New Owners of Former Macy's at Valley View Want to Fill Space With Retail of Some Kind
As Bradford told Unfair Park only yesterday, those efforts are continuing apace, with HKS Architects having been hired to map out "this visioning process."
But in the midst of that, the new owners of Macy's, which has been shuttered since the beginning of '08, have submitted to the city a building inspection application, dated September 27 and obtained by Unfair Park Wednesday. Its wording is vague, little more than a few initials ("RR," meaning: regional retail) and the promise of "gen merch" filling more than 100,000 square feet. The former department store, says the application, filled 300,300 square feet. (Or, last we looked, around 20 acres.)
The application was filed by Ed Simons, a former city code-enforcement manager at Masterplan Consultants, for whom messages have been left. City officials are unclear what the new owners, a partnership now known as Monfort Mall LLC that includes attorney Lou Lebowitz, intend to do there. When reached late yesterday, Karl Zavitkovsky, head of the Office of Economic Development, said this was the first he'd heard about it. And Koop was just as uncertain: "I am looking into it."
"They are allowed to have regional retail, which encompasses a huge amount of things," said the council member, whose district includes Valley View Center. "But anything that happens on that site in the next five years will be transitional use, because of the LBJ expansion."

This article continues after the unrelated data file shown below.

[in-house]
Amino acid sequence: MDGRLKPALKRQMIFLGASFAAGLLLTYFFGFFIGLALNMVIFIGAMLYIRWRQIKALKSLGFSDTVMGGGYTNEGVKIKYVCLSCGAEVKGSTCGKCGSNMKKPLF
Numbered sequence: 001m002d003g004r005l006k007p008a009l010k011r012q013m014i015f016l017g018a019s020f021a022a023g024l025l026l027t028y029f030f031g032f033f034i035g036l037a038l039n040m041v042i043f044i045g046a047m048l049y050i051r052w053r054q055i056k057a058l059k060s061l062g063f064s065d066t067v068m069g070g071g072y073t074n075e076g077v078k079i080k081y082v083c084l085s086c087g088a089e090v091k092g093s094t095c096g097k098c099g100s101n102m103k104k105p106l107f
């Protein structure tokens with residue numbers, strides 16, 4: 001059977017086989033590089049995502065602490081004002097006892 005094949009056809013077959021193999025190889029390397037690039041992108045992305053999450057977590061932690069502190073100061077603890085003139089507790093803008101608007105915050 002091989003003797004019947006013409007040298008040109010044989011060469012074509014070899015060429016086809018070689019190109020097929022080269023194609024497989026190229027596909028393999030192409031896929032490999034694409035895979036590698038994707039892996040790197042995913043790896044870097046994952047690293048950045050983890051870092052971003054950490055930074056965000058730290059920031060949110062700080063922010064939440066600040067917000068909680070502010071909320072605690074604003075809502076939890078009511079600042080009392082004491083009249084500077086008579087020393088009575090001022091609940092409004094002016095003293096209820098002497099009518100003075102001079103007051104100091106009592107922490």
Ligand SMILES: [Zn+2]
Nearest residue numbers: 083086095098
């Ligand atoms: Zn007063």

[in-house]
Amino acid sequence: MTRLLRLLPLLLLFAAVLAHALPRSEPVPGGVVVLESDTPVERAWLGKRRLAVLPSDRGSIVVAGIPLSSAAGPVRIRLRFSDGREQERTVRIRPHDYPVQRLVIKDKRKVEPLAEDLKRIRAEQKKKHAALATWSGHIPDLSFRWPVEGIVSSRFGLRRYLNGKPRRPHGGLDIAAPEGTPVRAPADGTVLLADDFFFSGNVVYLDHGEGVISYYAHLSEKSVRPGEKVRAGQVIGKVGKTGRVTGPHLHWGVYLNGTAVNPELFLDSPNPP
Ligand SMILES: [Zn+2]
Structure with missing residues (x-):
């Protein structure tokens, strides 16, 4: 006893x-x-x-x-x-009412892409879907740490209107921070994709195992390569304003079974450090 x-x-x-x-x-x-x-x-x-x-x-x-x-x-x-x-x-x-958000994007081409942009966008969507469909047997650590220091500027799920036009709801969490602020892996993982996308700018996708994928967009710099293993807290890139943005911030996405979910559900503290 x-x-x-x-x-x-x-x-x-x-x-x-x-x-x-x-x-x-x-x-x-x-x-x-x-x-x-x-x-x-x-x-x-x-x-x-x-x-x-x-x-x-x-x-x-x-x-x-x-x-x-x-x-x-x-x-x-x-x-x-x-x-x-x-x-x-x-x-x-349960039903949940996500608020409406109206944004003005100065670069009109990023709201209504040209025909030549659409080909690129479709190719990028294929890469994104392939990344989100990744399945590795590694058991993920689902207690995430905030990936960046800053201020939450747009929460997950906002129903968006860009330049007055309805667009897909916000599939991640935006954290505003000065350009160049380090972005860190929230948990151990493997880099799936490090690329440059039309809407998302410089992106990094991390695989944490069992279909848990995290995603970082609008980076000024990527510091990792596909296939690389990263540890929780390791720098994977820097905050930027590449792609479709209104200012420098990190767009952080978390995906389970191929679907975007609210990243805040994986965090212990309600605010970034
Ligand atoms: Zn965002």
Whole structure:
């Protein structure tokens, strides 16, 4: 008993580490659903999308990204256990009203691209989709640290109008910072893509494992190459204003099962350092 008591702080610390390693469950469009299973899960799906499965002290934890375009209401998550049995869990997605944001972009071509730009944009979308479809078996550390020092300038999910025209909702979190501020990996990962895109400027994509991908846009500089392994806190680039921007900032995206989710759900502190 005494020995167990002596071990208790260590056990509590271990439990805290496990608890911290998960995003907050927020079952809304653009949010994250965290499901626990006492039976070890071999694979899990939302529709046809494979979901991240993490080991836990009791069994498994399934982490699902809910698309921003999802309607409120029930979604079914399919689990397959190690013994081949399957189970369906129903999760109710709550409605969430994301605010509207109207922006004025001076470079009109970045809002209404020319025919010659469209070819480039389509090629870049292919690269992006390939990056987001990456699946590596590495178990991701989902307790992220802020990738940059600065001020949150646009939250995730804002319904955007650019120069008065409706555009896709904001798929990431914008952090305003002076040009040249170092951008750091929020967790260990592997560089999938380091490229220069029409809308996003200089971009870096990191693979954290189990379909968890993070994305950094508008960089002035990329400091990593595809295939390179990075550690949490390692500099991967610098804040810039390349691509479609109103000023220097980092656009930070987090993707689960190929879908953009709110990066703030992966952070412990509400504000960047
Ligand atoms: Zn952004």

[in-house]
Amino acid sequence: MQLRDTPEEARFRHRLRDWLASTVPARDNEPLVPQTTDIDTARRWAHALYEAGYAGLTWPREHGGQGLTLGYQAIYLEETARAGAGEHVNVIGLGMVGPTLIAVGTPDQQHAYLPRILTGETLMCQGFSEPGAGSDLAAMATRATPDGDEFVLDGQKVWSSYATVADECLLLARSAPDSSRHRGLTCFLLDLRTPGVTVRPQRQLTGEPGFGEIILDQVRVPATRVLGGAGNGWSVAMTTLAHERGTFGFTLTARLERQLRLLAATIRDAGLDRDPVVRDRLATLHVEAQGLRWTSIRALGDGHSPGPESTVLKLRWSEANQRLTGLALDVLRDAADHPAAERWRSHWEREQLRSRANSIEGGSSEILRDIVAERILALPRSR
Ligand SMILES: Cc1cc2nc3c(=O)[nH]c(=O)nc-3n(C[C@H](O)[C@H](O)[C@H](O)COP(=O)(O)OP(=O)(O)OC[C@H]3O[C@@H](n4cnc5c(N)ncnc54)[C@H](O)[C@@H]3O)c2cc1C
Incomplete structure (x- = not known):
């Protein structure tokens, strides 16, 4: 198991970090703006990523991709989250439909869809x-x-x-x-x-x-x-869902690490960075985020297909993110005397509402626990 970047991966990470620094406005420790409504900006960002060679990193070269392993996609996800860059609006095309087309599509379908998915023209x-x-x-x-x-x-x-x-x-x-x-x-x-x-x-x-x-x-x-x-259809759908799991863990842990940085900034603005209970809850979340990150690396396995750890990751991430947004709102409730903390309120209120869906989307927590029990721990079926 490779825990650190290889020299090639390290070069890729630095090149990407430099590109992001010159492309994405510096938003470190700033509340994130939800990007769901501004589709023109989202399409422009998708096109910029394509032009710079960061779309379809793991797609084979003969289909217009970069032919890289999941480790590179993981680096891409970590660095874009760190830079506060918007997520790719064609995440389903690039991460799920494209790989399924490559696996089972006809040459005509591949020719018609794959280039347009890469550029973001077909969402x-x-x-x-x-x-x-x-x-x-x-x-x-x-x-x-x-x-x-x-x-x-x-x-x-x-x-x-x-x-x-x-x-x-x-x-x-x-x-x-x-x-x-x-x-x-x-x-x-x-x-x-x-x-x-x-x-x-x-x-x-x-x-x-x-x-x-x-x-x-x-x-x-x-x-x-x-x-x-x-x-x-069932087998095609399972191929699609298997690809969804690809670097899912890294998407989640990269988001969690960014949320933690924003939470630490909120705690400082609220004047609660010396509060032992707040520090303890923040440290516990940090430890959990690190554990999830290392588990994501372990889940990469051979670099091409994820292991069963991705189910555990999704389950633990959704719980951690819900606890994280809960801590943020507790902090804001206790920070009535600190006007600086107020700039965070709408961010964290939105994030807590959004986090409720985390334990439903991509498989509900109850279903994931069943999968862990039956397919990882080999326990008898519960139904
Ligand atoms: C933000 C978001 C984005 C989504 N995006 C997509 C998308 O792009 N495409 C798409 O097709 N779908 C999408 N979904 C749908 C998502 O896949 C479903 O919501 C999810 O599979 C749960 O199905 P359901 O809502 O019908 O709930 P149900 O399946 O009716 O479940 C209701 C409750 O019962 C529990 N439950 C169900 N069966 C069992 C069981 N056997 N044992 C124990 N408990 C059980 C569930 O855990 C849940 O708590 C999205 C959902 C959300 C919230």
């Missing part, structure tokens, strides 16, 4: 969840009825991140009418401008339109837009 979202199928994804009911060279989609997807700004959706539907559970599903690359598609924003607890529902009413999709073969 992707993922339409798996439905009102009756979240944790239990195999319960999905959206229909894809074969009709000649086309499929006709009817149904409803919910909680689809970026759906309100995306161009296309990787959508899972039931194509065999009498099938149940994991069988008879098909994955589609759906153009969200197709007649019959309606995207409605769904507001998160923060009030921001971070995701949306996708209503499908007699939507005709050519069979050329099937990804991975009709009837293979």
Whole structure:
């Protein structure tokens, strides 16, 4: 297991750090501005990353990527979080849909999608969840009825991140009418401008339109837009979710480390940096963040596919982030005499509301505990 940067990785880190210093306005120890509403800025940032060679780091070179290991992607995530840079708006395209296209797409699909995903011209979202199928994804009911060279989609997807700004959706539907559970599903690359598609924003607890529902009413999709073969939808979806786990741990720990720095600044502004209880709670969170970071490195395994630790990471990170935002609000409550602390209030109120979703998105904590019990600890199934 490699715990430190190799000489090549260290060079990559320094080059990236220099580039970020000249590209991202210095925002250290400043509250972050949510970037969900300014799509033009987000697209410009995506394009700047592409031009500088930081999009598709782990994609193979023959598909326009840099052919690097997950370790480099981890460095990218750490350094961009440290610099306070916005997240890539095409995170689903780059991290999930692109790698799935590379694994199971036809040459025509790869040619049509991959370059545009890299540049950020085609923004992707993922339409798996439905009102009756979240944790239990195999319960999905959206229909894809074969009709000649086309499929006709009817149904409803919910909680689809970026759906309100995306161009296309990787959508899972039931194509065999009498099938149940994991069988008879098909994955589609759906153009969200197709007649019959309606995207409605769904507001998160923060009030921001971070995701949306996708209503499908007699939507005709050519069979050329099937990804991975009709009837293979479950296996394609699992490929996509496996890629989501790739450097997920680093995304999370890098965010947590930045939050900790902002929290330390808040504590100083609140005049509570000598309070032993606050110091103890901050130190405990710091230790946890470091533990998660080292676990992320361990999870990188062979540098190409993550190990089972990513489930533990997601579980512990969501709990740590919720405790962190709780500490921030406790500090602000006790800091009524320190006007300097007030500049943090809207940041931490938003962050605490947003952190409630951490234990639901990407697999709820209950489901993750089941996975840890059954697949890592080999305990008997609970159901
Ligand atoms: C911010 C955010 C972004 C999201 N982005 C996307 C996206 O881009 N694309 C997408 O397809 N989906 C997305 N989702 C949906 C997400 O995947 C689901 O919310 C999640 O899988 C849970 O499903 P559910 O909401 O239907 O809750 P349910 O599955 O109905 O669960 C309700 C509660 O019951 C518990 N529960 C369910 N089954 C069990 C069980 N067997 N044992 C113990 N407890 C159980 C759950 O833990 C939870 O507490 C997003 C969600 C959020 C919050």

Messages have also been left for Lebowitz.
Bradford also isn't sure what they're up to; representatives of the new ownership have been to some of the chamber's meetings, and "they're aware of the process" taking place, he says. But so far, there haven't been substantive conversations with Monfort Mall LLC's higher-ups about their plans for the former Macy's.
"But at this point, there will likely be a number of interim uses of the various components of this vast tract of land that, over time, will morph into differnet solutions and different uses," says Bradford, a banker. "The real estate concept is 'highest and best use,' and I feel certain that's what each of the property owners and HKS are trying to find. The visioning process ties the economic impact to a social impact -- coming up with a great streetscape, deciding what kind of buildings go on this tract of land versus that tract. All of that will be be clearly thought out, and there will be an ultimate outcome first undertaken by the visioning process and later sculpted into zoning and infrastructure. And over time we'll see any interim uses ultimately set aside. What that time frame is, though, remains anyone's guess."